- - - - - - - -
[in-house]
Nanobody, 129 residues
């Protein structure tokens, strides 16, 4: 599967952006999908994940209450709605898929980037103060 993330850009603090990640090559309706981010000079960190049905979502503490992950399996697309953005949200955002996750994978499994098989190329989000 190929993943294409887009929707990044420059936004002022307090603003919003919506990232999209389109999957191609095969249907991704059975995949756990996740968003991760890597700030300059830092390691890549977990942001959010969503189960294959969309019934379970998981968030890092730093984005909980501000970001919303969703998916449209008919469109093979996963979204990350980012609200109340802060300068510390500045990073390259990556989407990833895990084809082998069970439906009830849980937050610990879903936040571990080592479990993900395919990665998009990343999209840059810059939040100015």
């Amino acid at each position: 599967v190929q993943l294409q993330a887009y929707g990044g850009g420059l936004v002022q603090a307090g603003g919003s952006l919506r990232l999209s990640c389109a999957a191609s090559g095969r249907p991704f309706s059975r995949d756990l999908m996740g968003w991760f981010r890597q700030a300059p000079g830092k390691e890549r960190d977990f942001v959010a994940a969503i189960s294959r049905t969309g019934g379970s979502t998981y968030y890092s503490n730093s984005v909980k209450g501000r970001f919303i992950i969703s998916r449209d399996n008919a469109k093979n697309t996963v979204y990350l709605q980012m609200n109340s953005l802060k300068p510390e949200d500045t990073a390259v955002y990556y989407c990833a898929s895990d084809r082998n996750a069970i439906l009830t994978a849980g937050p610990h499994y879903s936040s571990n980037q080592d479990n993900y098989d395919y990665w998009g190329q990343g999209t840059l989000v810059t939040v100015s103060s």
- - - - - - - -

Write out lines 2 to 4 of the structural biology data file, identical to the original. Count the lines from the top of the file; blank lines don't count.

Nanobody, 129 residues
């Protein structure tokens, strides 16, 4: 599967952006999908994940209450709605898929980037103060 993330850009603090990640090559309706981010000079960190049905979502503490992950399996697309953005949200955002996750994978499994098989190329989000 190929993943294409887009929707990044420059936004002022307090603003919003919506990232999209389109999957191609095969249907991704059975995949756990996740968003991760890597700030300059830092390691890549977990942001959010969503189960294959969309019934379970998981968030890092730093984005909980501000970001919303969703998916449209008919469109093979996963979204990350980012609200109340802060300068510390500045990073390259990556989407990833895990084809082998069970439906009830849980937050610990879903936040571990080592479990993900395919990665998009990343999209840059810059939040100015």
């Amino acid at each position: 599967v190929q993943l294409q993330a887009y929707g990044g850009g420059l936004v002022q603090a307090g603003g919003s952006l919506r990232l999209s990640c389109a999957a191609s090559g095969r249907p991704f309706s059975r995949d756990l999908m996740g968003w991760f981010r890597q700030a300059p000079g830092k390691e890549r960190d977990f942001v959010a994940a969503i189960s294959r049905t969309g019934g379970s979502t998981y968030y890092s503490n730093s984005v909980k209450g501000r970001f919303i992950i969703s998916r449209d399996n008919a469109k093979n697309t996963v979204y990350l709605q980012m609200n109340s953005l802060k300068p510390e949200d500045t990073a390259v955002y990556y989407c990833a898929s895990d084809r082998n996750a069970i439906l009830t994978a849980g937050p610990h499994y879903s936040s571990n980037q080592d479990n993900y098989d395919y990665w998009g190329q990343g999209t840059l989000v810059t939040v100015s103060s």